Some entrepreneurs and small businesses may be holding themselves back by refusing to share information with their accountants who they sometimes regard as little more than “bean counters”, according to a new study.
There is a tendency for UK businesses, to make decisions without adequate financial information or analysis, there is often poor cash flow management and time and opportunities are being wasted because some owner-managers don’t want anyone else to know their business, it concludes.
The report, funded by the Chartered Institute of Management Accountants (CIMA) and compiled by Dr Michael Lucas of the Open University along with Professor Malcolm Prowle and Glynn Lowth, from Nottingham Business School, part of Nottingham Trent University urges accountants to improve their image by refuting bean counter accusations and promoting themselves in business partnering roles.
“Given the importance of financial issues and the increasing need for enterprises to operate economically, efficiently, effectively, efficaciously and ethically, management accounting has potentially a crucial role to play in improving the quality of planning, control and decision-making,” says the CIMA report called Management Accounting Practices of UK SME’s.
The authors also call for further research into the way small and medium-sized enterprises (SMEs) reach critical decisions and into the psychological profile of executives, particularly owner managers.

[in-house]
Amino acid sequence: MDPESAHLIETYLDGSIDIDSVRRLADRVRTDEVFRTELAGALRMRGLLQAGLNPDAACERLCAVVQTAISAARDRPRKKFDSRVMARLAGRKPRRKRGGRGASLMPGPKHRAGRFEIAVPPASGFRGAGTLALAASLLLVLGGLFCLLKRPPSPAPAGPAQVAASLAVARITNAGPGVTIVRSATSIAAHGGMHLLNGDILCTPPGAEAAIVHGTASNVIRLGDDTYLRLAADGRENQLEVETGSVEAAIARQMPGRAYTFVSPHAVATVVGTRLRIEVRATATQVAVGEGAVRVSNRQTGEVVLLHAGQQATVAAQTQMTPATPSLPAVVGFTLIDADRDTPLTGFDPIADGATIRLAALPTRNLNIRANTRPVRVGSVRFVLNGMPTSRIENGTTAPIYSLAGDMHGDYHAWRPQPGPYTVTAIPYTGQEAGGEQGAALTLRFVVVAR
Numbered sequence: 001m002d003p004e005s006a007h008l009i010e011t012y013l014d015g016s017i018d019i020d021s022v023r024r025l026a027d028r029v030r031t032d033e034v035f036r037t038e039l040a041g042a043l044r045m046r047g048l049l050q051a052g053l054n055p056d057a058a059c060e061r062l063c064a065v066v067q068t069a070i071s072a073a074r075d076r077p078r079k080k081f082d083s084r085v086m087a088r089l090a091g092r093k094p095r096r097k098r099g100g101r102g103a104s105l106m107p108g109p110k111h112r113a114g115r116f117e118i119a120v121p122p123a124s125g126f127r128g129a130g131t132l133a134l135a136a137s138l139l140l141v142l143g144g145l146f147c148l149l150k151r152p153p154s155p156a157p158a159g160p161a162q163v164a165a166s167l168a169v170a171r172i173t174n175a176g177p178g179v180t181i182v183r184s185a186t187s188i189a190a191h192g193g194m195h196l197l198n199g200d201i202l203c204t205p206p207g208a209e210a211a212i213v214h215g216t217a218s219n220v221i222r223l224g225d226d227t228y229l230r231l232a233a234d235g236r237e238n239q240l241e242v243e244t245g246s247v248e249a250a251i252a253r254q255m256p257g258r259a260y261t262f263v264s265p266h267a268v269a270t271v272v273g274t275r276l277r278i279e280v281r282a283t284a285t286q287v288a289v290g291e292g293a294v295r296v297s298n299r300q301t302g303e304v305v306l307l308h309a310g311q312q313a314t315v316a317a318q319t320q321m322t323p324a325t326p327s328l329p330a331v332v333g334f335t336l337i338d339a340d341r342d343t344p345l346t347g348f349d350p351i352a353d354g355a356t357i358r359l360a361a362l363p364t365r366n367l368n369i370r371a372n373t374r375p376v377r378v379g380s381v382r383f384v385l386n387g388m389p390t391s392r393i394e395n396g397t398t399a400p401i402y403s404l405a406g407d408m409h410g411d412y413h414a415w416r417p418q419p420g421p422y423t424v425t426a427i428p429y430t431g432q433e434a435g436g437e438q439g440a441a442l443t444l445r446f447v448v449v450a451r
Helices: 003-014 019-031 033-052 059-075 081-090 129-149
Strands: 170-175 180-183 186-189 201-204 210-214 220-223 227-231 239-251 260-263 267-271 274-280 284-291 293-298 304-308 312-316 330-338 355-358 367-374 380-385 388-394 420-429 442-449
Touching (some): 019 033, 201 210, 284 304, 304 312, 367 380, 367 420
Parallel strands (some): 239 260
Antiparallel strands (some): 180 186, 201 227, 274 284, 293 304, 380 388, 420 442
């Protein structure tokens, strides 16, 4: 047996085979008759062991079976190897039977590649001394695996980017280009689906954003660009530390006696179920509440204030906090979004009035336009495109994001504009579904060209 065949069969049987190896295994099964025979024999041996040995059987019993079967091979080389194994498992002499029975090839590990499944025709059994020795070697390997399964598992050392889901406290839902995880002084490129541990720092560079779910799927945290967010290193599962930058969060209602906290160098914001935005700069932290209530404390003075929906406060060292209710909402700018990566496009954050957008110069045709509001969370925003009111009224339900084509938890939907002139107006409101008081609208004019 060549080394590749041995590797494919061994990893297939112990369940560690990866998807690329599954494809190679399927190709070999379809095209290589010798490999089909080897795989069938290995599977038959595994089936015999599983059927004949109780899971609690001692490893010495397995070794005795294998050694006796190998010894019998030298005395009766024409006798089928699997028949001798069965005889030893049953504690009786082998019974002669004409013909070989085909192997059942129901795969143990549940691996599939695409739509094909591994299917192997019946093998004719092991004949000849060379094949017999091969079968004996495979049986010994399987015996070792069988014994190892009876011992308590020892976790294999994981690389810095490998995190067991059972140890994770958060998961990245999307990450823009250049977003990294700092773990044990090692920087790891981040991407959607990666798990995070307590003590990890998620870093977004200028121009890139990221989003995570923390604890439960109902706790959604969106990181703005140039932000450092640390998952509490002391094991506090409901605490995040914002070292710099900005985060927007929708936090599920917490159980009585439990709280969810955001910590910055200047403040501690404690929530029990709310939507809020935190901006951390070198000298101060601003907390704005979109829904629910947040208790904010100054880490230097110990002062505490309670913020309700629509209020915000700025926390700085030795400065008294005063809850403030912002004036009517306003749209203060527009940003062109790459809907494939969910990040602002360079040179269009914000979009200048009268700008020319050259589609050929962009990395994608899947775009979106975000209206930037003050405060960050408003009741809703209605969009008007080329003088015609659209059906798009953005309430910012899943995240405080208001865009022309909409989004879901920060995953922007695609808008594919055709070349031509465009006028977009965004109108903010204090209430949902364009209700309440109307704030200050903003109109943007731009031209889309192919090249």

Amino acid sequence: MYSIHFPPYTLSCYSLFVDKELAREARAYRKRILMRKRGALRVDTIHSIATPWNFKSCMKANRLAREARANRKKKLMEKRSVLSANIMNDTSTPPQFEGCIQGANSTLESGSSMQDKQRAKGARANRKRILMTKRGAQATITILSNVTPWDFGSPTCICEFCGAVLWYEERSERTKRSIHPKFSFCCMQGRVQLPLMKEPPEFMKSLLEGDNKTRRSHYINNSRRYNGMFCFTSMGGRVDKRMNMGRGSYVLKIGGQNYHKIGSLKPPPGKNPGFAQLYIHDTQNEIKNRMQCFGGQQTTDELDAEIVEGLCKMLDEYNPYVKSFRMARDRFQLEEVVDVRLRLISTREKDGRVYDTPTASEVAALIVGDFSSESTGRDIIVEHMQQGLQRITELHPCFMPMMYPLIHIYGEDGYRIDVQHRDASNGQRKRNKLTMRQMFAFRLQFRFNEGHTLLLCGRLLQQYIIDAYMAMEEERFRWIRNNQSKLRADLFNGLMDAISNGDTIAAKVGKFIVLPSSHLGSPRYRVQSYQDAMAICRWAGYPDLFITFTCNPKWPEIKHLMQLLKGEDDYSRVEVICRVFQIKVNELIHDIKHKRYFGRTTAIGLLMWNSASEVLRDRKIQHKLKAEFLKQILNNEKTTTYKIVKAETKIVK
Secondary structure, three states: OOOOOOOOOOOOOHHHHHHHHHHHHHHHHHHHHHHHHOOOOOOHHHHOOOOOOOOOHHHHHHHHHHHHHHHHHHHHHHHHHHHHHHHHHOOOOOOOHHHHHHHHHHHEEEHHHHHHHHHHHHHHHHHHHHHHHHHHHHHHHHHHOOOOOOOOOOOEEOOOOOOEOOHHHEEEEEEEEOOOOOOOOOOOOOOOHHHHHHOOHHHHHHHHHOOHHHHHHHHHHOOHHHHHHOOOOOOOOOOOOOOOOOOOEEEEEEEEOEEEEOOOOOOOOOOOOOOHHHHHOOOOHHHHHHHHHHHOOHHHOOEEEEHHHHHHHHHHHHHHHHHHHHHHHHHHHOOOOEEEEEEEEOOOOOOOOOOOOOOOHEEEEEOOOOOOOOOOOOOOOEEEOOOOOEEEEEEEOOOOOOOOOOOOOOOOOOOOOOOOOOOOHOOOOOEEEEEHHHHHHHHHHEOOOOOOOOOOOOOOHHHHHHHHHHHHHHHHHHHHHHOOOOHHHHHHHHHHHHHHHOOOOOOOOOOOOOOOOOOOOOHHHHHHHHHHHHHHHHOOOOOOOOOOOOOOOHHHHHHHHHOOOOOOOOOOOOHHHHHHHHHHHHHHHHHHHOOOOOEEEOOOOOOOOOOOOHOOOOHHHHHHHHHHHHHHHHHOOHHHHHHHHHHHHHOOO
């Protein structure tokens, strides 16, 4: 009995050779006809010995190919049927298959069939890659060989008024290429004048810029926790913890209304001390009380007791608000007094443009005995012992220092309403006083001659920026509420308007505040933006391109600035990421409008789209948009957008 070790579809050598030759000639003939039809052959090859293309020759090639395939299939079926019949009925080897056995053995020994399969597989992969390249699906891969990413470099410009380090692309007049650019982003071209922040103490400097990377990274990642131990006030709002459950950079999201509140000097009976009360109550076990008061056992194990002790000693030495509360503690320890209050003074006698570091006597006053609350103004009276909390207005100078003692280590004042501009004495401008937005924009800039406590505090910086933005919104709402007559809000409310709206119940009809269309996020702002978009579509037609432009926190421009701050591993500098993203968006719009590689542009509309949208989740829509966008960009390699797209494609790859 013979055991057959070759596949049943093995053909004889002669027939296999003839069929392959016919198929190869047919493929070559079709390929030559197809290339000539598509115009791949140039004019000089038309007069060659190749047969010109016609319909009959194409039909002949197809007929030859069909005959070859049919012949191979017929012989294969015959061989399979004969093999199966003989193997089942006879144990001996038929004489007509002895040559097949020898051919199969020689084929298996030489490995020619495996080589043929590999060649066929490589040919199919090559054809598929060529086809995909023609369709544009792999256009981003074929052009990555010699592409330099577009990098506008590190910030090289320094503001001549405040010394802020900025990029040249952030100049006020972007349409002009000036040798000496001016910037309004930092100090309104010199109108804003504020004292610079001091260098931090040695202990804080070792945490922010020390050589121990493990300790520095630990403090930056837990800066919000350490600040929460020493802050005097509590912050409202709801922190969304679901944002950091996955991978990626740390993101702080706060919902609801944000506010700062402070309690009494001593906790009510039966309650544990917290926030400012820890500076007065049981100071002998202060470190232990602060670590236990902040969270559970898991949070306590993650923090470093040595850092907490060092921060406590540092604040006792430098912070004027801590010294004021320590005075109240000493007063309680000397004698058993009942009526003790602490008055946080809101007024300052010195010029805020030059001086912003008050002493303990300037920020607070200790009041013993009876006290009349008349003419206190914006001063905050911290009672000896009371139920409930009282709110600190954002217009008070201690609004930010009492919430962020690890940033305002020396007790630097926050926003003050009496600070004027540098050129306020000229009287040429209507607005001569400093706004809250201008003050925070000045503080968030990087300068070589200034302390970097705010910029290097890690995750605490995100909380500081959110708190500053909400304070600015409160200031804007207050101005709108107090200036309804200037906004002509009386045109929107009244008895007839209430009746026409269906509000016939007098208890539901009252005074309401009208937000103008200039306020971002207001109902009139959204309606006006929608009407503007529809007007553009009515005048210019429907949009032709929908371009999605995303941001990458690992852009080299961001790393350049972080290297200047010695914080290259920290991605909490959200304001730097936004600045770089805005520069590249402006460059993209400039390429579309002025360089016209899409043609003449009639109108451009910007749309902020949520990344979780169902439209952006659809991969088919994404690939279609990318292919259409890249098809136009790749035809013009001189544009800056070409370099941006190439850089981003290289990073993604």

Dr Lucas said: “While most business owners are good at using accounting services for monitoring cash flow and costs they do not always appreciate that management accountants can add a great deal to decision making in the management of the business. Accountants were sometimes regarded as little more than bean counters, rather than potentially having a business partnering role where they can advise and improve efficiency
“Some entrepreneurs, in particular, are reluctant to employ management accountants, expressing a desire to maintain control and have exclusive access to information they consider sensitive.This could lead to higher costs in terms of management time which is turn can put constraints in time spend in growing the business.”
The report says its exploratory findings give important insights which should inform the development of further large-scale survey research into whether accounting tools were used and, if not, why not.
These tools include: Product costing; budgets for planning and control; standard costing variance analysis; cost-volume-profit analysis; responsibility centres; capital expenditure appraisal techniques; working capital measures; and strategic management accounting.
Dr Lucas is Senior Lecturer in Accounting at the Open University Business School, Professor Prowle is professor of business performance at Nottingham Business School and Mr Lowth, who is a former President of CIMA, is a visiting fellow at the Nottingham business school.